What explains the growing class divide between the well educated and everybody else? Noted author Brink Lindsey, a senior scholar at the Kauffman Foundation, argues that it's because economic expansion is creating an increasingly complex world in which only a minority with the right knowledge and skills--the right "human capital"--reap the majority of the economic rewards. The complexity of today's economy is not only making these lucky elites richer--it is also making them smarter. As the economy makes ever-greater demands on their minds, the successful are making ever-greater investments in education and other ways of increasing their human capital, expanding their cognitive skills and leading them to still higher levels of success. But unfortunately, even as the rich are securely riding this virtuous cycle, the poor are trapped in a vicious one, as a lack of human capital leads to family breakdown, unemployment, dysfunction, and further erosion of knowledge and skills. In this brief, clear, and forthright eBook original, Lindsey shows how economic growth is creating unprecedented levels of human capital--and suggests how the huge benefits of this development can be spread beyond those who are already enjoying its rewards.
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|Title of Business & Economics eBook: Human Capitalism: How Economic Growth Has Made Us Smarter--and More Unequal|
|Release Date: 04-28-2013|
|Publisher: Princeton University Press|
This eBook download is available in the following formats:
|Parent title||Human Capitalism: How Economic...|
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Human Capitalism: How Economic Growth Has Made Us Smarter--and More Unequal
Chapter OneThe Rise of Complexity
Twenty-first-century America is a mind-boggling place. We've got more than 310 million people, 80 percent of whom are congregated in densely populated urban areas. In the business sector, more than twenty-seven million different firms compete and cooperate to supply a bewildering variety of goods and services—the typical supermarket alone stocks some thirty thousand different items. Another 1.5 million registered nonprofits, along with countless informal groups, collaborate to serve an immense range of perceived community needs. And providing the nation's legal and regulatory framework, as well as a host of other public services, are the vast bureaucracies of the federal government, fifty state governments, and more than eighty-seven thousand local governmental units. This incredibly intricate division of labor, meanwhile, is deeply integrated into a larger global economy that encompasses billions of people.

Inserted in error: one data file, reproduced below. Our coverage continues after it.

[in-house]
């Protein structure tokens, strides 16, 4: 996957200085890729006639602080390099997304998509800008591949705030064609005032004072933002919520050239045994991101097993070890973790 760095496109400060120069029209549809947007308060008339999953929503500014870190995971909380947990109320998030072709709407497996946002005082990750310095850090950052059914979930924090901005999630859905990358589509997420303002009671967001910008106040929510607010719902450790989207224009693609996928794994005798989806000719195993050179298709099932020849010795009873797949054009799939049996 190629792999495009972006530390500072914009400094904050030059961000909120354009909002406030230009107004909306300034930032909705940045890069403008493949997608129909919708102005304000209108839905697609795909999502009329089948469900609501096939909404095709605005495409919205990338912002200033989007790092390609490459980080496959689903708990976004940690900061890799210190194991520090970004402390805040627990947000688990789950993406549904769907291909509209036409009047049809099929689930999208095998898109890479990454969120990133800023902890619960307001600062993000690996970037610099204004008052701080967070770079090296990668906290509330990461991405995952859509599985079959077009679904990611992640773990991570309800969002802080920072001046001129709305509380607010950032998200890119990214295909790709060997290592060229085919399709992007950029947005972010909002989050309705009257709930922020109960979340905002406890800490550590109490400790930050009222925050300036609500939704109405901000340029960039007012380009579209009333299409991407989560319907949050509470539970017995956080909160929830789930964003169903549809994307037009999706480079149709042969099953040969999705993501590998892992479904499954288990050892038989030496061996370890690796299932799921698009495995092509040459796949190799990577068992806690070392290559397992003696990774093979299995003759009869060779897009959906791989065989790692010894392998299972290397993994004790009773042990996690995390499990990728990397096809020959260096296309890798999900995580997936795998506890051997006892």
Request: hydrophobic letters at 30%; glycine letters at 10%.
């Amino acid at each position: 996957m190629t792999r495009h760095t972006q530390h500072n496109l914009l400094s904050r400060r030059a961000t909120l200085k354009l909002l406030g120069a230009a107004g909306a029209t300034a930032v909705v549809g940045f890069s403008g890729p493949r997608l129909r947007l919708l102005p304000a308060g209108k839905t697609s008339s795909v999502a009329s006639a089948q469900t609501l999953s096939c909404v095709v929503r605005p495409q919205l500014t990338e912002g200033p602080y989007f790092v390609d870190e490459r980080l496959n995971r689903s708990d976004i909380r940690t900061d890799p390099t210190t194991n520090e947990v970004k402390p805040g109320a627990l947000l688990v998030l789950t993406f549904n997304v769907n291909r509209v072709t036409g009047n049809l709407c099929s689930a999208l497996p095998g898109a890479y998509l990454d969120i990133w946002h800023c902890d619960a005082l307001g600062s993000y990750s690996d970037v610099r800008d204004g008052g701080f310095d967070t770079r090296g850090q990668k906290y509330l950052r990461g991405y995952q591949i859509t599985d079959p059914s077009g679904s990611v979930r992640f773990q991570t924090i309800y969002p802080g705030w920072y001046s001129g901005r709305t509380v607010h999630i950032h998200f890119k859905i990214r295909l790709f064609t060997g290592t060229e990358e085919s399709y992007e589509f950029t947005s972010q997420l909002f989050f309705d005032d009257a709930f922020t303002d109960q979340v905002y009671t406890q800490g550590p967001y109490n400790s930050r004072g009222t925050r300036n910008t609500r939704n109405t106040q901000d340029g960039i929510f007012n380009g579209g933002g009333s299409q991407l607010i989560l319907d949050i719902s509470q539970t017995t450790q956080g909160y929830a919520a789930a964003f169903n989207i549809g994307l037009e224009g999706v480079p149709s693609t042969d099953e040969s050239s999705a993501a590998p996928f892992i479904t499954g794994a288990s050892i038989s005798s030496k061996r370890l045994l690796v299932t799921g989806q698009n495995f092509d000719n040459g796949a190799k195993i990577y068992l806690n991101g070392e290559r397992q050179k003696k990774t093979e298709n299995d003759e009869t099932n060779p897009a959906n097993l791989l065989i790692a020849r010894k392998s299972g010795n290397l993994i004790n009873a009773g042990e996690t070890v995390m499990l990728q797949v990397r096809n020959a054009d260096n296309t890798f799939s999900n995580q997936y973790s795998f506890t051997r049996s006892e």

All of this highly organized, highly specialized activity requires the accumulation and communication of vast amounts of knowledge and know-how. In just the past year, nearly 248,000 new patents were granted in this country, while almost 290,000 new book titles and editions were published. According to a 2003 estimate (which doubtless is already completely obsolete), the total amount of new information stored on paper, film, and magnetic and optical media in the United States comes to two trillion megabytes annually—or the equivalent of nearly fifteen thousand new book collections as big as the Library of Congress. What about flows of information? Every day, Americans send si...